An Introduction to Caching in Mule Soft 4

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Mule runtime engine (Mule) offers customizable strategies, such as the Cache scope and the HTTP Caching API Gateway policy, to enable cache according to your needs. Let’s first have a look at caching, being followed by Cache scope:


It is the process of storing frequently used data in memory, file system, or database which saves processing time and load if it would have to be accessed from the original source location every time.

Storing the user data across the project flows and the cached data available among all flows of the project. Most useful when data does not change frequently or is static in nature. It allows you to efficiently reuse previously retrieved or computed data. Caching speeds up the response time for user requests and reduces the load on the back-end.

For example, We have to create an API to retrieve user information, that has been connected to an external database that is on a different server and fetch the records. (Assumption: external DB is not changing frequently)

Implementation Without Cache:
For every request, my API will connect to the external server DB and search for the record in DB and fetch the record.
if we receive 100 requests for the same user, then I need to connect and execute the DB query 100 times.

Implementation With Cache:
For every request for a different user, my API will connect to the external server DB and search for the record in DB and fetch the record and save it in an internal cache.
if we receive 100 requests for the same user, then I need to connect and execute the DB query only once, for all the 99 requests we can fetch the record for cache and return the response.

What we can clearly see in the above example is that with cache we can reduce the cost of reconnecting to DB again and again for the same request 99 times. This makes a whole lot of difference when we are dealing with a huge number of requests in a very short duration.

Mule Cache Scope and its configuration details:

Cache Scope: The cache scope is for storing and reusing frequently called data. We can use a Cache scope to reduce the processing load on the Mule instance and to increase the speed of message processing within a flow. The Cache scope only caches non-consumable payloads. It does not cache consumable payloads (such as a streaming payload), which can only be read once before they are lost. On each request it calculates the key using the below algorithm then stores the response payload of the flow as value for that key.

Key = SHA256keyGenerator + SHA256 Digest

Cache scope, by default, is used in-memory caching strategy. This has such a drawback that when mule starts caching large payloads it may reach memory limit and throw java heap exception. As a consequence, this defaults strategy should be replaced. This can be done by creating an object-store caching strategy.

How Cache Scope Works


Caching Configurations

Mainly, there are two strategies of caching in Mule:

Default Caching:

If you do not specify a caching strategy, it uses a default caching strategy. This strategy provides a basic caching mechanism. Everything will be cached in memory, which is a volatile ram and is non-persistent i.e. if you restart your application, the cached data will be lost. If you want to store a huge static payload, you must use a custom caching strategy.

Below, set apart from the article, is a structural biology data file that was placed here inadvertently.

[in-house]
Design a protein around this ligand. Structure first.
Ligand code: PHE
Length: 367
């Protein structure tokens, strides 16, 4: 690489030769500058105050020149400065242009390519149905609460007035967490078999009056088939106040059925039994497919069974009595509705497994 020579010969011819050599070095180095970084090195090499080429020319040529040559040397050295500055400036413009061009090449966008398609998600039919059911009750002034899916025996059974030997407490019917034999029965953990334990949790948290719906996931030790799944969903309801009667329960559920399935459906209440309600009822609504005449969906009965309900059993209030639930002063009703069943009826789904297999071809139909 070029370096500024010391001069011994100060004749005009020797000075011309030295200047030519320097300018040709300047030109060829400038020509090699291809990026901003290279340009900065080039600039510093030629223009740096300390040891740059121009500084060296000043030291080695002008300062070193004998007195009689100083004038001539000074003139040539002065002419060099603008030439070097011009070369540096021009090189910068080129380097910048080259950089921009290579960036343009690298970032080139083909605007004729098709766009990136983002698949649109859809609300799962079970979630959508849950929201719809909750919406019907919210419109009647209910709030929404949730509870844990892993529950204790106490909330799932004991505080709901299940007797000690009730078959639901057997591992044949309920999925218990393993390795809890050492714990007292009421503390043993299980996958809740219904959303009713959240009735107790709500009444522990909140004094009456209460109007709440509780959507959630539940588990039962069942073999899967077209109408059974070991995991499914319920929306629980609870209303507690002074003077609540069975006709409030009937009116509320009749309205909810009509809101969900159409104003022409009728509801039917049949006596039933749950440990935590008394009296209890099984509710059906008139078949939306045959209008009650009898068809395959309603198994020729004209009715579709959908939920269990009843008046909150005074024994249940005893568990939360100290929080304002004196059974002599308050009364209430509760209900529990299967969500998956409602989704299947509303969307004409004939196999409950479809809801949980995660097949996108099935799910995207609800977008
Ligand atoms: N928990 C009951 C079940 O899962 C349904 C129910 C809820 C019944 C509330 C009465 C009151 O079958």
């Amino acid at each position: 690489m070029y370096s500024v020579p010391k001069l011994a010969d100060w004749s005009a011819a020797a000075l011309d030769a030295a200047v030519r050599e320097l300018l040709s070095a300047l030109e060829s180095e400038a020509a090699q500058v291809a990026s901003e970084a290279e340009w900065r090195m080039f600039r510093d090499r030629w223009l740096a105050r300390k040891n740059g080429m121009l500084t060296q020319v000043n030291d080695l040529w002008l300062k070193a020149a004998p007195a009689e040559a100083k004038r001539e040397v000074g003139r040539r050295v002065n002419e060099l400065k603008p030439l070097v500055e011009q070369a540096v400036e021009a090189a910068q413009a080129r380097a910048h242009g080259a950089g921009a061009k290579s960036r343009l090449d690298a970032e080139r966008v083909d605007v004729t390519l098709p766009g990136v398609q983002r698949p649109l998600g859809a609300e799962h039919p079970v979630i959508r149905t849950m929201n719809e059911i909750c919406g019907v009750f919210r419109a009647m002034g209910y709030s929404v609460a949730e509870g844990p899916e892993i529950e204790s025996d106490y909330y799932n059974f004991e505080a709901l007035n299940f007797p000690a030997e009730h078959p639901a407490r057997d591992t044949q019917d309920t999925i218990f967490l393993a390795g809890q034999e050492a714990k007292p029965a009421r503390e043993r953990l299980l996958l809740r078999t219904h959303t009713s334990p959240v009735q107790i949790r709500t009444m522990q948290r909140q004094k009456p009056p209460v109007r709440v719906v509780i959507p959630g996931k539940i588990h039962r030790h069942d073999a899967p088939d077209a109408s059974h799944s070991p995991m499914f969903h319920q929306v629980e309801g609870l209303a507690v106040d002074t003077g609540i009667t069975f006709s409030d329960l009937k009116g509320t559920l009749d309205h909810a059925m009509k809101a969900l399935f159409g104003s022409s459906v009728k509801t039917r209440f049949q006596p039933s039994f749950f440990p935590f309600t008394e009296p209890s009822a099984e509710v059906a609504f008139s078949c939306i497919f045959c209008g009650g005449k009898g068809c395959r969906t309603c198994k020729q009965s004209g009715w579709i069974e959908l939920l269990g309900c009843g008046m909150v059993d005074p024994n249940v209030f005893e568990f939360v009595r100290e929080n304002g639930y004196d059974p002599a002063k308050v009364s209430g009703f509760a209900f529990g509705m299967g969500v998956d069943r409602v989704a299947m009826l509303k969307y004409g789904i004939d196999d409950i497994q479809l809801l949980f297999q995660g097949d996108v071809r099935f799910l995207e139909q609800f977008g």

Reference to a Strategy:

You can create a custom cache strategy using this option. In this, you can use Object Store and then define the cache size, time to live, and other configurations as per your requirement.

There are a few steps to configure a Cache Strategy:

  • Open the Caching Strategy Configuration window.
  • Define the name of the caching strategy.
  • Define the Object Store by selecting between Edit Inline and Global Reference.
  • Select a component for producing a key utilized for storing events inside the caching strategy.
  • Open the Advanced tab in the property window to configure the advanced setting.


Implementing Caching in Mule 4

I have generated a simple flow, so as to show the caching mechanism through a simple demo.

Here is a configuration XML for flow

<?xml version="1.0" encoding="UTF-8"?>

<mule xmlns:ee=""
	<http:listener-config name="HTTP_Listener_config"
		doc:name="HTTP Listener config"
		<http:listener-connection host=""
			port="8081" />
	<flow name="caching-demoFlow"
		<http:listener doc:name="Listener"
			path="/cache-demo/{empID}" config-ref="HTTP_Listener_config" />
		<logger level="INFO" doc:name="Start Log"
			doc:id="19c9912e-46d6-42a7-8edb-7b904c6402e0" message="Flow Started" />
		<ee:cache doc:name="Cache"
			<logger level="INFO" doc:name="Logger"
				message="Started Caching" />
			<http:request method="GET"
				doc:name="Consume req res service"
			<ee:transform doc:name="Set Response Payload"
					<ee:set-payload><![CDATA[%dw 2.0
output application/json
			<logger level="INFO" doc:name="Logger"
				message="Ended Caching" />
		<logger level="INFO" doc:name="End Log"
			doc:id="177f655a-6dcb-4ac6-a768-a6986aaecf66" message="Flow Ended" />

Application flow


Deploying the caching application


Now we can test our application.


caching request


First hit

cahing first

Second Hit after 2 mins, and the response comes from cached data with the lesser time taken.

caching second


By implementing it, we can improve our application’s performance by limiting the number of external HTTP requests. When used correctly, it will not only result in significantly faster load times but also decrease the load on your server. In many cases, we are not just making a request. We have to process the request as well, which could involve hitting a database, performing some sort of filtering, etc. Thus, caching can cut the latency from the processing of the request as well.